Persecution and prosperity

Under Muslim rule, Jews have been a ‘protected’ group, but have nonetheless endured intolerable suffering.

Martin Gilbert’s In Ishmael’s House is a good corrective to all the ink that has been spilled to fabricate and deny history relating to the supposed coexistence between Jews and Muslims under Muslim rule. British-born Gilbert, a biographer of Winston Churchill and prolific writer on the Jews and the Holocaust, has only rarely directed his lens on the Jews who lived under Islam.
The subject has generally been left to Jewish Orientalists who, in the second half of the 19th and first half of the 20th century, wrote about the wondrous tolerance that Islam showed Jews in contrast to the brutality meted out to them in Russia and Europe.
Since the 1980s the subject has been taken over by Western apologists and Islamophiles at Middle East studies departments who have fabricated a “golden age” of Jewish life under Islam where coexistence was said to have been the norm.
The truth, although Gilbert does not say as much, is that Jewish life under Islam resembled the life of African-Americans in the American South before civil rights – a tolerated minority, politically discriminated against, often oppressed, from time to time lynched and usually humiliated and hated by their neighbors. The roots of the discrimination lie in the Koran and Muhammad’s own relationship with Jews in Arabia. Muhammad and his first followers slaughtered Jewish tribes and forcibly married Jewish women taken as slaves.
Muhammad’s successors, primarily Caliph Omar (ruled 634-644) and the Umayyad Caliph Omar Abd al-Azziz (717-720) codified the treatment of the Jews so that they became dhimmi, a “protected” group that would be allowed to live so long as they paid a special tax, did not build new synagogues, did not ride horses, did not employ Muslims and wore special clothes that marked them as Jews. They could not be witnesses in court or carry weapons. When they died, unless their heirs proved otherwise, their property passed to Muslims. They could not marry Muslim women, but Muslim men were encouraged to marry them.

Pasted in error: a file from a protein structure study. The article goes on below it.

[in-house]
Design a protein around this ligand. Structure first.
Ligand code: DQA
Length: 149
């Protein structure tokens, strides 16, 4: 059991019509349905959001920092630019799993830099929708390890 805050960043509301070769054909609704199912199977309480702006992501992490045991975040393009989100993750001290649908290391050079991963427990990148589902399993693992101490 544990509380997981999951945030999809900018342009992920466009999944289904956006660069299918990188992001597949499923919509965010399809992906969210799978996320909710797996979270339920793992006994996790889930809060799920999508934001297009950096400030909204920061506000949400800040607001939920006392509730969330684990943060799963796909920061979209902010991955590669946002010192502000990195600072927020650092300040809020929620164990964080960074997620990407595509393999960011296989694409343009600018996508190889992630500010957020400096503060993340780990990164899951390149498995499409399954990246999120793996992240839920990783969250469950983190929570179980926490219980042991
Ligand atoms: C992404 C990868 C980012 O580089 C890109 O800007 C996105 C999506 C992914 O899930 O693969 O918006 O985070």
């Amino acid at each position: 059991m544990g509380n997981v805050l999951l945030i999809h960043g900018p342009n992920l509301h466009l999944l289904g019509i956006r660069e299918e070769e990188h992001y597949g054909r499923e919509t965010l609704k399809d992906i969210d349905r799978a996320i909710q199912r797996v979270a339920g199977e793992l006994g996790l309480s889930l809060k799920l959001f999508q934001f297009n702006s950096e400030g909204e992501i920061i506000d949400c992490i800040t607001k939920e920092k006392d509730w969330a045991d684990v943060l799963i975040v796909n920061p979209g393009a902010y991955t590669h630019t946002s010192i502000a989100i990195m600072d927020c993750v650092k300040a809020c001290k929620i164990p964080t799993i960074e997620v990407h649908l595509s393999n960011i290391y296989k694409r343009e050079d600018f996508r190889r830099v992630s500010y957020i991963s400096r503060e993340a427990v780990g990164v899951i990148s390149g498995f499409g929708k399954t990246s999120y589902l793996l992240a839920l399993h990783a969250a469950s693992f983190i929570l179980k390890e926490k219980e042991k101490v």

This “protected” status has been tragically praised by Western academics as a model of “coexistence.” Its provisions became harsher under certain rulers and its oddities can best be gleaned from what laws were enacted to make the lives of the Jews better. As Gilbert tells it, in some places it was apparently considered legal to rob Jews, for Rabbi Hai ben Sherira claims in only certain towns was it illegal. The Almohad ruler Sultan Abu Yaqub forced Jews to wear “a long blue tunic with absurdly long, wide sleeves that reached to a person’s feet.”
In North Africa Jews were, at one time, not even allowed to raise their own children and they were forcibly placed in the hands of local Muslims. No wonder that community, which had been large at the time of Rome and the Arab conquests, almost became extinct until it was revived by refugees from Spain who came after 1492.
Jews were sometimes banned from being public officials, as was the case with a 1290 law of the Mamelukes in Egypt. Their great synagogues, such as the one at Aleppo, were converted into mosques. Jewish converts to Islam, and there were many in the 14th-16th centuries apparently, faced similar discriminations as their Marrano brothers in Spain. The khan of Bukhara instituted an added insult alongside the special jizya tax; when it was paid each Jew also received a slap in the face.
In Yemen they were forbidden to build their houses higher than Muslims’ and forced to live outside the city. The Shi’ites in Iran, after 1502, regarded them as “unclean,” and Christian travelers, who no doubt had seen hatred of Jews at home, were surprised by the Persian “great hatred” for the Jews.
The Ottomans are seen by many as the saviors of the Jews from all these privations. When there had been chaos or particularly devout rulers in North Africa, Yemen or Persia, the Jews suffered. The Ottoman Empire, from its inception in the 14th century to the 20th, proved especially tolerant. Jews from Baghdad to Sanaa and Libya cheered the arrival of the Ottomans and feared their leaving much as they had once cheered the arrival of the Persian Zoroastrians and Muslims in Jerusalem in the seventh century. But even this heyday, which seems to rival Spain’s “golden age” of the 12th century, was marked by problems. In Salonika, which other writers have tried to paint as a city of model coexistence, the Jews were often subjected to “false claims of debt against” them.
Maimonides, the great Jewish philosopher and another person who is always picked out as an example of Muslim-Jewish bonding (he was Saladin’s physician), wrote that “no nation has ever done more harm to Israel. None has matched it in debasing and humiliating us” more than the Muslims. Maimonides himself was expelled from Spain by the Muslims.
More than half of Gilbert’s chronicle concentrates on the period after 1900 and he includes a myriad of details relating to every community and its fate through the present.
 A short section at the end examines the current Jewish communities in places like Yemen, Turkey, Tunisia and Morocco.
Gilbert doesn’t address the historiographic questions such as the manipulations of the “coexistence” thesis, probably for the better, because his book would then have been labeled as biased. In the final analysis Gilbert has done what he does best, create a model reference work that is sure to remain a standard for years to come.